Douthat believes, strongly, that Republicans aren’t reaching those who do need some of what government provides. His fellow Acela Corridor conservative Yuval Levin, however, writing in the National Review, seems more sanguine about life with less government:
the Democratic party has been moving away from economic populism and becoming truly the party of concentrated elite power. As our elites have grown more socially liberal and our economy has grown more concentrated and consolidated, it has become easier to pursue liberal goals through the system than against it and the Democratic party has become the party of the large, established players — the court party.
[Obama’s] agenda [is one] of consolidation — protecting larger players from competition in exchange for their willingness to serve as agents of government power and driving crucial sectors of our economy (finance and health insurance above all. . .) toward greater consolidation. . . As big labor gradually fades, the progressive economic vision has come down to big business and the state.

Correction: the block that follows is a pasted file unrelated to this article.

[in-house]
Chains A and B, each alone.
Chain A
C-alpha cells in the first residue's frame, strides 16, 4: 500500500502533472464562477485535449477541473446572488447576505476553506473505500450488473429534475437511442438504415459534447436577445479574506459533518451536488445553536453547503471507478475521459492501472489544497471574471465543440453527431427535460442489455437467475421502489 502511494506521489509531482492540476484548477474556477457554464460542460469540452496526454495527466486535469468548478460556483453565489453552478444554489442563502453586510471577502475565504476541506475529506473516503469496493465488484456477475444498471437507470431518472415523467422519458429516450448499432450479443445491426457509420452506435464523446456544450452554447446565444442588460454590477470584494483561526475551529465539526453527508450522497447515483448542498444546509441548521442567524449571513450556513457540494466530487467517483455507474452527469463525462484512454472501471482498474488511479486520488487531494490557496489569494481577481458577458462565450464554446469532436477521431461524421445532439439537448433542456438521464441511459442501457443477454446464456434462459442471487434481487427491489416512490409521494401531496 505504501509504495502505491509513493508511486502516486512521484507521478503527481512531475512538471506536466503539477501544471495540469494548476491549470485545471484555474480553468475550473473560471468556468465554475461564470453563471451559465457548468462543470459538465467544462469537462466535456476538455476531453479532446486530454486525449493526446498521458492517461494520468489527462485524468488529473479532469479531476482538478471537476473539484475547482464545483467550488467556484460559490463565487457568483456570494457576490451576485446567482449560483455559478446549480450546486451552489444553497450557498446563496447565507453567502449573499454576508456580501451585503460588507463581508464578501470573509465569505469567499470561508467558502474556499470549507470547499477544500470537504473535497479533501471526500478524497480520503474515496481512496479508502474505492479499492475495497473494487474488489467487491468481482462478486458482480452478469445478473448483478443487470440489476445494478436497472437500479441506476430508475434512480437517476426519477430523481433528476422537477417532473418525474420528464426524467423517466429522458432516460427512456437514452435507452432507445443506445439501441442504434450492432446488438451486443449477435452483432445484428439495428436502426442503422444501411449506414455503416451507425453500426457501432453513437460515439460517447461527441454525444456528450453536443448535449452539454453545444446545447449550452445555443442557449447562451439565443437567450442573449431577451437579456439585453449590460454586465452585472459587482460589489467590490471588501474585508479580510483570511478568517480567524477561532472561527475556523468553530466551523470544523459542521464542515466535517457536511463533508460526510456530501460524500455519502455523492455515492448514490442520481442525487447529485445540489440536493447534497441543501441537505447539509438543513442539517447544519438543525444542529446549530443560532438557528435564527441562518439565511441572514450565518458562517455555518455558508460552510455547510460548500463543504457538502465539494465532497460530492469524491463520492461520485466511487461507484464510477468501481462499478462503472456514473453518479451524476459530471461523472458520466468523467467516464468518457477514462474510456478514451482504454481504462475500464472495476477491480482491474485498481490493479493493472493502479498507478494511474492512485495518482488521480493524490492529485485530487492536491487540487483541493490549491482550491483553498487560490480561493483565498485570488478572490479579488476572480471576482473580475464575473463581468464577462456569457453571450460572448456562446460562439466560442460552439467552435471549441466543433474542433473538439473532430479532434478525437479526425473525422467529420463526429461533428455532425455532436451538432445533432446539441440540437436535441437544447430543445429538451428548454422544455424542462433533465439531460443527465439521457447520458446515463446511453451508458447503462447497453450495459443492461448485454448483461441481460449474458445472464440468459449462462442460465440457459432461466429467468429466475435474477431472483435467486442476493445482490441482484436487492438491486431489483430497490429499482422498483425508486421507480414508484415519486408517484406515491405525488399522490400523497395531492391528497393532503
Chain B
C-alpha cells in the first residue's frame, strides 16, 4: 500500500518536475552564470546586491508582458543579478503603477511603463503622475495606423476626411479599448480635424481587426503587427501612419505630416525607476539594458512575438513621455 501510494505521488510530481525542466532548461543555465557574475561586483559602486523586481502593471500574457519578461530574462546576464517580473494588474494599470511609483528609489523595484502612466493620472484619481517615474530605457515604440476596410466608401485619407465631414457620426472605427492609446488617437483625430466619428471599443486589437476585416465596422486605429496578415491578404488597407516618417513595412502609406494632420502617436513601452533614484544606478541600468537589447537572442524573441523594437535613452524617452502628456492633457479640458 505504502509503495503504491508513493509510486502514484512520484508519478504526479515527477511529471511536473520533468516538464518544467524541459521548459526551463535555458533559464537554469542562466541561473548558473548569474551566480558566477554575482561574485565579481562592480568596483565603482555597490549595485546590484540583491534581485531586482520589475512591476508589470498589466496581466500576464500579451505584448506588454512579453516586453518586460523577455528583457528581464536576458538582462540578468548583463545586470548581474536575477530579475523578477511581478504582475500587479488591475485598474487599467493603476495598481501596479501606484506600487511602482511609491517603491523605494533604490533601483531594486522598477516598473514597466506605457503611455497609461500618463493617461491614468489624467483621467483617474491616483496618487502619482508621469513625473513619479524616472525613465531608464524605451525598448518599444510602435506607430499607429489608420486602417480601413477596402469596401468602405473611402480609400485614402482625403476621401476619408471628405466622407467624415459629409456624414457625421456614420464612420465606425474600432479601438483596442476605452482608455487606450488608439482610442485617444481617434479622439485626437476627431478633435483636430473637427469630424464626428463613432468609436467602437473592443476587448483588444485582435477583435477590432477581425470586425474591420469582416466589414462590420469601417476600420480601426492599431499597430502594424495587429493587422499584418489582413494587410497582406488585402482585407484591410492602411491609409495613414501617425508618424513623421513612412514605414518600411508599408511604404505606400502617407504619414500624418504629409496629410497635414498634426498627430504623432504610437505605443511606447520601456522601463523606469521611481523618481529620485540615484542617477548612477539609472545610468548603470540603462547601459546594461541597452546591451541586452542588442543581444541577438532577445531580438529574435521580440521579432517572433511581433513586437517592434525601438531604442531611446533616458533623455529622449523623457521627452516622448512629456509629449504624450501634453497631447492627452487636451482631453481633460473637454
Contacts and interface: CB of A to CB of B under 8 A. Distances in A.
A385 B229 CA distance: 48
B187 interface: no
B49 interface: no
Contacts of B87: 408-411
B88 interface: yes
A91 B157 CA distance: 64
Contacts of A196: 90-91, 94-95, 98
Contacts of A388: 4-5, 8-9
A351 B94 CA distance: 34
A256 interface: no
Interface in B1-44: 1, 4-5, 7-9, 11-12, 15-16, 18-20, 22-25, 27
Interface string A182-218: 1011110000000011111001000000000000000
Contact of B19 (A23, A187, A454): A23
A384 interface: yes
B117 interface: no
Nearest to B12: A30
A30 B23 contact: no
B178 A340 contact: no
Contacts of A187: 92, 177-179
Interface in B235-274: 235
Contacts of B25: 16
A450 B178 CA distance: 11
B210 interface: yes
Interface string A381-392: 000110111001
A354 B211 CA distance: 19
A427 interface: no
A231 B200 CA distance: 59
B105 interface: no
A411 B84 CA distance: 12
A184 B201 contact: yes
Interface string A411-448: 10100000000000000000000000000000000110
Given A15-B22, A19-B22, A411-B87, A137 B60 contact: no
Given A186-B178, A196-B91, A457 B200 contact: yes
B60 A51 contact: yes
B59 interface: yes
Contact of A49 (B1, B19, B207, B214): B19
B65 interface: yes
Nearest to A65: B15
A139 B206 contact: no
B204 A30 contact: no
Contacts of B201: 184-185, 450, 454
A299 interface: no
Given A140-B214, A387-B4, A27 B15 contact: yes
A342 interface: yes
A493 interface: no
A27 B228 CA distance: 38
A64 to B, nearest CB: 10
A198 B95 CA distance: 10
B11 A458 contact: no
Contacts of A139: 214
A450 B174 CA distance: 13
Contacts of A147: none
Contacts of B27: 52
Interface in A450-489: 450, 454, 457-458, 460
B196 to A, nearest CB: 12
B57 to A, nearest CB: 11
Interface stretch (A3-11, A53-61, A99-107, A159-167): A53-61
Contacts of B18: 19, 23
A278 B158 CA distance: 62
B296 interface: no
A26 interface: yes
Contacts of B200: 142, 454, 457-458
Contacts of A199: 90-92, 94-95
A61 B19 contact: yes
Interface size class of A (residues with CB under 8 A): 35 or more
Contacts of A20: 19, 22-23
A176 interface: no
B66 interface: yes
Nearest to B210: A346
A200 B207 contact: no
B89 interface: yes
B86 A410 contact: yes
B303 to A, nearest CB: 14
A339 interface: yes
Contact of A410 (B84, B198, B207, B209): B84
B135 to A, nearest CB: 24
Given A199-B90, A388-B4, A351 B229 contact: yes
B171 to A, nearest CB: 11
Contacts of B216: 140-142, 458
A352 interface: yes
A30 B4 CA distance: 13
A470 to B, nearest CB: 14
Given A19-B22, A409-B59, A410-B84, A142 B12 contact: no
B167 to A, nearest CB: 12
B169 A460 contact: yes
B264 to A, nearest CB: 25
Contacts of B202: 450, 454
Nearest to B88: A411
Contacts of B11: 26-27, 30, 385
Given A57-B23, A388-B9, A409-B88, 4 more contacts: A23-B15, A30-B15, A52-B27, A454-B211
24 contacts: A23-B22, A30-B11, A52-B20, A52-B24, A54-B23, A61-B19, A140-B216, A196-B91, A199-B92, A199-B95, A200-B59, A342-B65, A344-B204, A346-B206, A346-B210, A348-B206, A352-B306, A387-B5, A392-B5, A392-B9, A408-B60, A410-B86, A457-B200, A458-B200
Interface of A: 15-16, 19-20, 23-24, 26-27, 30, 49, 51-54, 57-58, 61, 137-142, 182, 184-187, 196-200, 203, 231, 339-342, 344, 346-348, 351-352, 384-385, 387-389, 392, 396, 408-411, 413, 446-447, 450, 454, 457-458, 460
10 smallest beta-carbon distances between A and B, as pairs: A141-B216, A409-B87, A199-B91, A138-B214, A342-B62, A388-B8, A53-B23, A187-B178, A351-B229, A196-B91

Capitalism is fundamentally democratic, after all — we today might say fundamentally populist. Adam Smith’s opponents were mercantilists. He argued against economic policies that pursued the benefit of the nation’s largest producers and traders, which were taken to be equivalent to the interests of the nation as a whole. They are no such thing, Smith insisted, nor does helping big business necessarily increase the wealth of the nation.
Clive Crook, a former Economist editor now with the Financial Times, Atlantic, and “Bloomberg,” cautions against blaming inequality--a favorite Democratic target--for the plight of the poor, even as he says helping the poor rise should be a priority: